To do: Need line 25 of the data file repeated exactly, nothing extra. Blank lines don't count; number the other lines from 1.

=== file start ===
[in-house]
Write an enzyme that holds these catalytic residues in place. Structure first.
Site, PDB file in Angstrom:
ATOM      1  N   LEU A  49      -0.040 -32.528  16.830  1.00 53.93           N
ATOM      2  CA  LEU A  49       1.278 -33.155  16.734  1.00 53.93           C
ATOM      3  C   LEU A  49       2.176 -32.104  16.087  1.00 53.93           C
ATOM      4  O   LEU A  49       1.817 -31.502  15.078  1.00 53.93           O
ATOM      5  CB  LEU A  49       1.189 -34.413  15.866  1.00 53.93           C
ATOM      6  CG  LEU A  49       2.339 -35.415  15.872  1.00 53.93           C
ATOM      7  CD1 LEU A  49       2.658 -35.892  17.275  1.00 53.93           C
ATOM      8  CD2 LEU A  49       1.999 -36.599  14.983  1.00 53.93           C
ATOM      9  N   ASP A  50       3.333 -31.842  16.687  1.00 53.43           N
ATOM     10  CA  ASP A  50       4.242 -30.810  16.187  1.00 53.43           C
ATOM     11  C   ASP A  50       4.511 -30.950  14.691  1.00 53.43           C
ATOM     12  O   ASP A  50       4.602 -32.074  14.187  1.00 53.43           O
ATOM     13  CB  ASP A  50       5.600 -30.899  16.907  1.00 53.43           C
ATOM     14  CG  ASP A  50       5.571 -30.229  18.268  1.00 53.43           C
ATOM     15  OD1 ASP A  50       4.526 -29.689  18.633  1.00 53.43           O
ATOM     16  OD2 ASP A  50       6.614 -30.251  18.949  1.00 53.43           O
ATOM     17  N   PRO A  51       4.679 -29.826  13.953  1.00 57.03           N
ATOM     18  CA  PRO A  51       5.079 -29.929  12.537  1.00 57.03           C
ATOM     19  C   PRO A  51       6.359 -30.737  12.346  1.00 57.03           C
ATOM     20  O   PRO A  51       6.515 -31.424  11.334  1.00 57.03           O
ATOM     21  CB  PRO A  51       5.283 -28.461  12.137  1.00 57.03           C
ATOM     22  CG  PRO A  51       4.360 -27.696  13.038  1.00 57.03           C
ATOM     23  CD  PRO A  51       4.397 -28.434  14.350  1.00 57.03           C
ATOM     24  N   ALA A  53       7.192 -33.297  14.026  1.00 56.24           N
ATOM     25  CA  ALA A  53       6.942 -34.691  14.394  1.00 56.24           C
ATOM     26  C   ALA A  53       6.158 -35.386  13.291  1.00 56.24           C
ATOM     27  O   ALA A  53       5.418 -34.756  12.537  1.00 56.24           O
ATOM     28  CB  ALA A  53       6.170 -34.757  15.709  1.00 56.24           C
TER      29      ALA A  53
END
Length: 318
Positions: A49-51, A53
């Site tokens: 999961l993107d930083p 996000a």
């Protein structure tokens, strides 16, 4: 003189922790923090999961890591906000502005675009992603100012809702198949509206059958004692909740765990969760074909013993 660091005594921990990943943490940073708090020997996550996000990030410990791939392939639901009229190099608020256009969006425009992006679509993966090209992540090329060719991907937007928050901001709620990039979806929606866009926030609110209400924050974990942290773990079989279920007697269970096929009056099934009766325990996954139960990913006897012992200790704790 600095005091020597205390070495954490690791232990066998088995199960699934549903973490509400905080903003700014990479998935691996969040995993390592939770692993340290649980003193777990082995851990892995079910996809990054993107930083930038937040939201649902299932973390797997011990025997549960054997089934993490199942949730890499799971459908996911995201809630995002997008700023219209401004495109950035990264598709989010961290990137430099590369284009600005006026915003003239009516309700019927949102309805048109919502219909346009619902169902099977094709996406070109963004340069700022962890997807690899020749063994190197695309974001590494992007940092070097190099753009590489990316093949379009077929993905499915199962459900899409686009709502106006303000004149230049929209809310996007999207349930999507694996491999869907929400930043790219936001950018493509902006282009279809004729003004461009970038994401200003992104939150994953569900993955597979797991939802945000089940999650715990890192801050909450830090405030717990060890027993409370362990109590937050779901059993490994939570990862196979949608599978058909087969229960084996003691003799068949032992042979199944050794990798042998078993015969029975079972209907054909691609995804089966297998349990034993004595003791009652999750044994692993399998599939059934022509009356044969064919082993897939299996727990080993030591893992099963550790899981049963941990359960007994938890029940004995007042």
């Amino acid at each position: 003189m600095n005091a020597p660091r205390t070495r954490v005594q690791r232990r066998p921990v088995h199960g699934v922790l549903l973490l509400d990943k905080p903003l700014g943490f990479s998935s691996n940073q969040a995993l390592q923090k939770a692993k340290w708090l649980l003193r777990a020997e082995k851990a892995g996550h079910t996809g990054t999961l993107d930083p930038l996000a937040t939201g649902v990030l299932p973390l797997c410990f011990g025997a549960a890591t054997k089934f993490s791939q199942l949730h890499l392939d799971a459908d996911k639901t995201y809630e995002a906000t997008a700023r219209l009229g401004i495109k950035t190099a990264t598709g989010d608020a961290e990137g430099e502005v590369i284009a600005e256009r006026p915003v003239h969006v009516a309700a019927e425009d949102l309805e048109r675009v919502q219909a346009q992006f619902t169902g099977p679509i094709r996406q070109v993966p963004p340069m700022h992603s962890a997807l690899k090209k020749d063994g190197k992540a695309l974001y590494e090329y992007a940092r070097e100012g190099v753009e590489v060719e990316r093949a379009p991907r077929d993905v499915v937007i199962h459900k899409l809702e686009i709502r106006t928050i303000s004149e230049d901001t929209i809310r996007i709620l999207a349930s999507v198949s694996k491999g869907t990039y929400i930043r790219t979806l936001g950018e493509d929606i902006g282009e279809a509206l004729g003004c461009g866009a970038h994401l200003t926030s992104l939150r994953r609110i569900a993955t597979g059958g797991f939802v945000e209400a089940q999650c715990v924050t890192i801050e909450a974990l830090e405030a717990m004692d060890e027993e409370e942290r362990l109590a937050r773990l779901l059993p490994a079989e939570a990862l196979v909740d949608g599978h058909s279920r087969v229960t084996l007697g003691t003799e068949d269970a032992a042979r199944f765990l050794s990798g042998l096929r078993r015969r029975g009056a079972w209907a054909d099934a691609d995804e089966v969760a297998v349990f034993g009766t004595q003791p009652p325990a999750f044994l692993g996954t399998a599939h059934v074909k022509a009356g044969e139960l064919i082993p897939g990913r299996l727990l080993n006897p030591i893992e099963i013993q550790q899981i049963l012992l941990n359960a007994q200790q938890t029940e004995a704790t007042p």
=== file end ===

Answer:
ATOM     22  CG  PRO A  51       4.360 -27.696  13.038  1.00 57.03           C